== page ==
Mars

MAVEN Astronomy Mars science funny - 8347628288
Via Space
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Via Space.com:

In MAVEN's first few weeks of instrument testing at the Red Planet, scientists have already created some of the most complete maps of atomic hydrogen, oxygen, carbon and ozone in the Martian atmosphere ever made. One of MAVEN's instruments even collected data as energetic particles blasted out by a massive solar eruption made it to Mars.

science-win-nasa-mars-sunset-rover
Via NASA
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In case you were curious, here is what an alien sees before he/she/it goes to sleep.

NASA’s Curiosity Mars rover captured the above image on April 15, and it’s being described as the first sunset observed in color by the spacecraft.

The photos were taken last month, but they were just sent back to Earth last week.

While Mars may appear red, the sunset is actually blue, and the Jet Propulsion Laboratory explains why this is possible:

Dust in the Martian atmosphere has fine particles that permit blue light to penetrate the atmosphere more efficiently than longer-wavelength colors. That causes the blue colors in the mixed light coming from the sun to stay closer to sun’s part of the sky, compared to the wider scattering of yellow and red colors. The effect is most pronounced near sunset, when light from the sun passes through a longer path in the atmosphere than it does at mid-day.

Curiosity first landed on Mars’s Gale Crater in August 2012 with a mission of determining whether or not Mars is or ever was habitable by life forms.

Here’s an animated GIF of the sunset, which uses a series of photos takes over a period of about 6 minutes, 51 seconds. The sight apprently inspired the rover to recite some lines from T.S. Eliot’s “The Love Song of J. Alfred Prufrock” on its Twitter account.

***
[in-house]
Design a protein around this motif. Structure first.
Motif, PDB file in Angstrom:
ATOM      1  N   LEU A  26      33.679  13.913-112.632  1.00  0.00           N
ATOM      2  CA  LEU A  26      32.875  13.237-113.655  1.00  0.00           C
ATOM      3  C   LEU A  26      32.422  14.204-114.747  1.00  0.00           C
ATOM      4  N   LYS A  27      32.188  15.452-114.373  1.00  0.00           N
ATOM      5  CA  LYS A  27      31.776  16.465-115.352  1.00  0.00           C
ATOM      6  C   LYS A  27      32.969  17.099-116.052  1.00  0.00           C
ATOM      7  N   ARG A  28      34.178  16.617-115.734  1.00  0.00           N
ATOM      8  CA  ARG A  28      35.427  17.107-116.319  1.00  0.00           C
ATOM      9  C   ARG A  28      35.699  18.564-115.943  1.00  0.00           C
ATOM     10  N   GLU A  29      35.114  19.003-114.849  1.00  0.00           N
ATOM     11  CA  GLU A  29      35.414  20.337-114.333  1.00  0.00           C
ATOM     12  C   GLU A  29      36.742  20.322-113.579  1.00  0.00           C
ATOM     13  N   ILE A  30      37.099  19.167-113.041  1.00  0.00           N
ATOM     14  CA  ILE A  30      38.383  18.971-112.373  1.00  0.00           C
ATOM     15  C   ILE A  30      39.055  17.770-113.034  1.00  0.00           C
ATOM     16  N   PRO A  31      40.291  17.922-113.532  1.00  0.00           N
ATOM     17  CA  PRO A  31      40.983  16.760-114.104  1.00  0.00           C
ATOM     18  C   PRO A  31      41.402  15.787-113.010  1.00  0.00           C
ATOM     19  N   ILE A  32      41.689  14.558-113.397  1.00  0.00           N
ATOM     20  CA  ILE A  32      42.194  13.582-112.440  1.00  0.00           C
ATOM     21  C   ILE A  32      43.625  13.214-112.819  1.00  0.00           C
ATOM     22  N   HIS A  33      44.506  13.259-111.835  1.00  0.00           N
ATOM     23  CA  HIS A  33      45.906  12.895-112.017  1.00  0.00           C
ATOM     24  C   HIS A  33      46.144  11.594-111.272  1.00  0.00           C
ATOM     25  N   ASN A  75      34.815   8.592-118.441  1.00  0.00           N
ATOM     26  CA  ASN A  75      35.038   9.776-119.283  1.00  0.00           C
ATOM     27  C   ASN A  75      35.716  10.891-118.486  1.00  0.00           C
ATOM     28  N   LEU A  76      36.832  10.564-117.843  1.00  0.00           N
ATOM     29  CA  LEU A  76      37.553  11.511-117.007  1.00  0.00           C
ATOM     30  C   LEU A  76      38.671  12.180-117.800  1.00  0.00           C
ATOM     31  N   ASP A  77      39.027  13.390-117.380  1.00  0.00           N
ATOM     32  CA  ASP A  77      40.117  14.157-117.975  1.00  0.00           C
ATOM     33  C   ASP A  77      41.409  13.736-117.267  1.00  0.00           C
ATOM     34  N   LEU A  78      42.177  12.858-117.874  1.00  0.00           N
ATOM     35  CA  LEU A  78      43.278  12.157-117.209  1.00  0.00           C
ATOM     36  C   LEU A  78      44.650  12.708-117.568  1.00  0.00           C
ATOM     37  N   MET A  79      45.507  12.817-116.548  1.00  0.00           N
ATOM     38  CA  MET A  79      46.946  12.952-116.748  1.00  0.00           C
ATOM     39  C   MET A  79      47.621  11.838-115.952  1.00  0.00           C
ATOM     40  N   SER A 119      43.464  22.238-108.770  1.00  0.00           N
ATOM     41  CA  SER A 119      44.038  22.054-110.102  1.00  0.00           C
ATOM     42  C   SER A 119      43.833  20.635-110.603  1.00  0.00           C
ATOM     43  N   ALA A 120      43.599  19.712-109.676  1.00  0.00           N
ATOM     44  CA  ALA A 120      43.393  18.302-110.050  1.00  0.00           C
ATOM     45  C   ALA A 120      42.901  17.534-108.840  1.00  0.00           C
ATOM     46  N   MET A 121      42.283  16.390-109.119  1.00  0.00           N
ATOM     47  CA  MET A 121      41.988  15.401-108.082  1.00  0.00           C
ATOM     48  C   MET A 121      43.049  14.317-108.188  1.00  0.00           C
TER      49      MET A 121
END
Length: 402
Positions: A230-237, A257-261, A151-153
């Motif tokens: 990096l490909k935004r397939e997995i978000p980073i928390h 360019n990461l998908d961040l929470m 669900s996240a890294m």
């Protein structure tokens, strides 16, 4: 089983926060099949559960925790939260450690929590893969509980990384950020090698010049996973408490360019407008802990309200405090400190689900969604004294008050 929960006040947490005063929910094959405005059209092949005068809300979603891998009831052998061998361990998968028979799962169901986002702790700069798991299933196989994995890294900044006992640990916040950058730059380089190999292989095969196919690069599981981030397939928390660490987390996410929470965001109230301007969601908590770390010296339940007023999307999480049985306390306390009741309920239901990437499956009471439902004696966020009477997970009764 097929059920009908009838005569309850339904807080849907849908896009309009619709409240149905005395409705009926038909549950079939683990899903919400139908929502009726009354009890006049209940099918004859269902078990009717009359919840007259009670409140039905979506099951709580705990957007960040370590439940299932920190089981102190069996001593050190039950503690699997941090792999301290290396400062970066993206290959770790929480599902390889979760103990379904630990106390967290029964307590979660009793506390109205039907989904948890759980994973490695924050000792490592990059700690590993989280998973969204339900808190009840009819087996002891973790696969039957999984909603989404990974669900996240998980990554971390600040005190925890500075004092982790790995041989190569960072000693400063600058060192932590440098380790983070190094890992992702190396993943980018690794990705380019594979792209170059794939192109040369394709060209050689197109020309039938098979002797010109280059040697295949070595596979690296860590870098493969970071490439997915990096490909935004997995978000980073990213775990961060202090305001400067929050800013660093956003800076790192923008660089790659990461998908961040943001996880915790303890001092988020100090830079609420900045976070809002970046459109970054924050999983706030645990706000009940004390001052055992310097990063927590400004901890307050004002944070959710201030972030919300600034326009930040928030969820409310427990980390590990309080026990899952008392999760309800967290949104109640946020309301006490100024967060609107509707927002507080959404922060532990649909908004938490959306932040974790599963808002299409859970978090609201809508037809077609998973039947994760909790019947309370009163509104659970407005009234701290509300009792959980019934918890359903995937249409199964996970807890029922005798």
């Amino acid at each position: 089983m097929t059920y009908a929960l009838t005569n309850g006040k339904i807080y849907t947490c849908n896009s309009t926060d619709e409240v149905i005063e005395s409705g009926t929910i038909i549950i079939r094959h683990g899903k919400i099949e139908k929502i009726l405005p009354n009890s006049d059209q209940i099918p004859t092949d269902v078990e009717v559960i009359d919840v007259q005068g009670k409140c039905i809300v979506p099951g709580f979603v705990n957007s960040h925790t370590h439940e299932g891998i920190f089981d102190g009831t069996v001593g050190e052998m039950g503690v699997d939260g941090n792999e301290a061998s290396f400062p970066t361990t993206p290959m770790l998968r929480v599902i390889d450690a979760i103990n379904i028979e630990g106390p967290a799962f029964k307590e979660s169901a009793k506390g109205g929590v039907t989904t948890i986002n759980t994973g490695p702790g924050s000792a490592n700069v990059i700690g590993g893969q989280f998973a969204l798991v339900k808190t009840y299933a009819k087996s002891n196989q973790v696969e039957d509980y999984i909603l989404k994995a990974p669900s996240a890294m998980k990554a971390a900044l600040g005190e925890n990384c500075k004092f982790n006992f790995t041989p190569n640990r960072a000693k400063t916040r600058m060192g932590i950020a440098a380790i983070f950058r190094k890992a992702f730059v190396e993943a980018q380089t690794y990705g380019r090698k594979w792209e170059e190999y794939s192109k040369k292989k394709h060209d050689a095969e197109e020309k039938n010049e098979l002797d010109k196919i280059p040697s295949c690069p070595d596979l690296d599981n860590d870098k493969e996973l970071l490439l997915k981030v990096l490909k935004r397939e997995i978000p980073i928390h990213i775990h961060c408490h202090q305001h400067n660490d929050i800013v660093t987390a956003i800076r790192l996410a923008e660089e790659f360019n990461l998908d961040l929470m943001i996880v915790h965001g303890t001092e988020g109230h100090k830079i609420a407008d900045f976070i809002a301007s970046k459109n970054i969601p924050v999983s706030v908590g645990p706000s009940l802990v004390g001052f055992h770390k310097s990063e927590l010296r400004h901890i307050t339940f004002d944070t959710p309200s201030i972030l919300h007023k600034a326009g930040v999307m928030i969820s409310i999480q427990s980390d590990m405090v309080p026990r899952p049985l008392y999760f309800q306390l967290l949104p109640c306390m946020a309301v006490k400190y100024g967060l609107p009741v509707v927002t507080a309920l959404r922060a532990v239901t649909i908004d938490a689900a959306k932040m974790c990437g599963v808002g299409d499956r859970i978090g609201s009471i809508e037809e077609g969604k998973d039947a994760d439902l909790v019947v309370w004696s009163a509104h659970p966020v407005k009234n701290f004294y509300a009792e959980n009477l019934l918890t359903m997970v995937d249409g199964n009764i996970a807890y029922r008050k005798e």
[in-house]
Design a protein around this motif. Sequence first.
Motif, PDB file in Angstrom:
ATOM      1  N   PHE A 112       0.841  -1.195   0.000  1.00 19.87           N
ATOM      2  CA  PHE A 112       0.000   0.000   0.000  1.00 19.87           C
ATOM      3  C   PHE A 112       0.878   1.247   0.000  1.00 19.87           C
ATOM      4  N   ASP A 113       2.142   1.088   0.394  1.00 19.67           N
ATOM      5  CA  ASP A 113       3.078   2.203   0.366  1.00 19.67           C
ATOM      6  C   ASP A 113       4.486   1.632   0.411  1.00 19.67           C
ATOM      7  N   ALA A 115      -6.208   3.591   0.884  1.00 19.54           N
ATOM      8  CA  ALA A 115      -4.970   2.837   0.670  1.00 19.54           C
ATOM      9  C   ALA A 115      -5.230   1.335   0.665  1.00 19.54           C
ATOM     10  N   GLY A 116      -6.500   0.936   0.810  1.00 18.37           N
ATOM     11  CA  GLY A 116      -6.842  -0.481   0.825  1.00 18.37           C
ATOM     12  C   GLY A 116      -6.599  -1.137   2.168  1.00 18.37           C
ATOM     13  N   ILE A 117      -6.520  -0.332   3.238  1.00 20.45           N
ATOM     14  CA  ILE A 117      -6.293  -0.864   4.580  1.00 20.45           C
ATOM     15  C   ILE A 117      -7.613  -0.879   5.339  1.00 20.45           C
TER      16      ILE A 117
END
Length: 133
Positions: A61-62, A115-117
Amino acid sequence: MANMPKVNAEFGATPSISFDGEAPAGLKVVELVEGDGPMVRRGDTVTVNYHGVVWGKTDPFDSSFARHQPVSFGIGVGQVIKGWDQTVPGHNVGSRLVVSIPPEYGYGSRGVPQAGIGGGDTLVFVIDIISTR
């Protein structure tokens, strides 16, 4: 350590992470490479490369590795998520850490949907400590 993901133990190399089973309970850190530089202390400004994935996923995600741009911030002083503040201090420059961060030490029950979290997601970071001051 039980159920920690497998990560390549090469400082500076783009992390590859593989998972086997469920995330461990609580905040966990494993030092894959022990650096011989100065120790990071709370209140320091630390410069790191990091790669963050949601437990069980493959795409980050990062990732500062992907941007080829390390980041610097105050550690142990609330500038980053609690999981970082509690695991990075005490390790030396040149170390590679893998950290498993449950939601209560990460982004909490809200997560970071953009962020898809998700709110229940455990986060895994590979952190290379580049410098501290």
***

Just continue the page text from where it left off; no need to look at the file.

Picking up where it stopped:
By Unknown
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Holy schnikes -- Mark Rober's story could well qualify as a heartwarming tearjerker.

An engineer at NASA's Jet Propulsion Lab, Rober has spent the past seven years of his life working on the Curiosity Rover.

Watch as his whole world comes down to seven heart-pounding minutes.

[devour]

climate change Astronomy Mars science - 8396989440
Via NY Times
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Via NY Times:

Today Mars is an arid, frigid desert, suggesting that the mother of all climate changes happened there, about four billion years ago or so. The question that haunts planetary scientists is why? And could it happen here?

"I think the short story is the atmosphere went away and the oceans froze but are still there, locked up in subsurface ice," said Chris McKay, an astrobiologist and Mars expert at NASA's Ames Research Center.

In September a new spacecraft known as Maven, the Mars Atmosphere and Volatile Evolution mission, swung into orbit around the planet. Its job is to get a longer answer to one part of the mysterious Martian climate change, namely where the planet's atmosphere went.

Astronomy awesome science space Mars water - 8330128384
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Via Ian O'Neill

According to MSL scientists based at NASA's Jet Propulsion Laboratory (JPL) in Pasadena, Calif., the ball isn't as big as it looks — it's approximately one centimeter wide. Their explanation is that it is most likely something known as a "concretion." Other examples of concretions have been found on the Martian surface before — take, for example, the tiny haematite concretions, or "blueberries", observed by Mars rover Opportunity in 2004 — and they were created during sedimentary rock formation when Mars was abundant in liquid water many millions of years ago.
robots Mars science funny space - 7788174336
By Unknown
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The Mars Colonisation project by ZA Architects suggests that humans could colonise the red planet by living in underground dwellings dug out of the planet's bedrock by an advance party of solar-powered machines. "Curiosity sooner or later will bring human to Mars and wouldn't it be nice to have permanent station to explore it?" said Arina Ageeva of ZA Architects.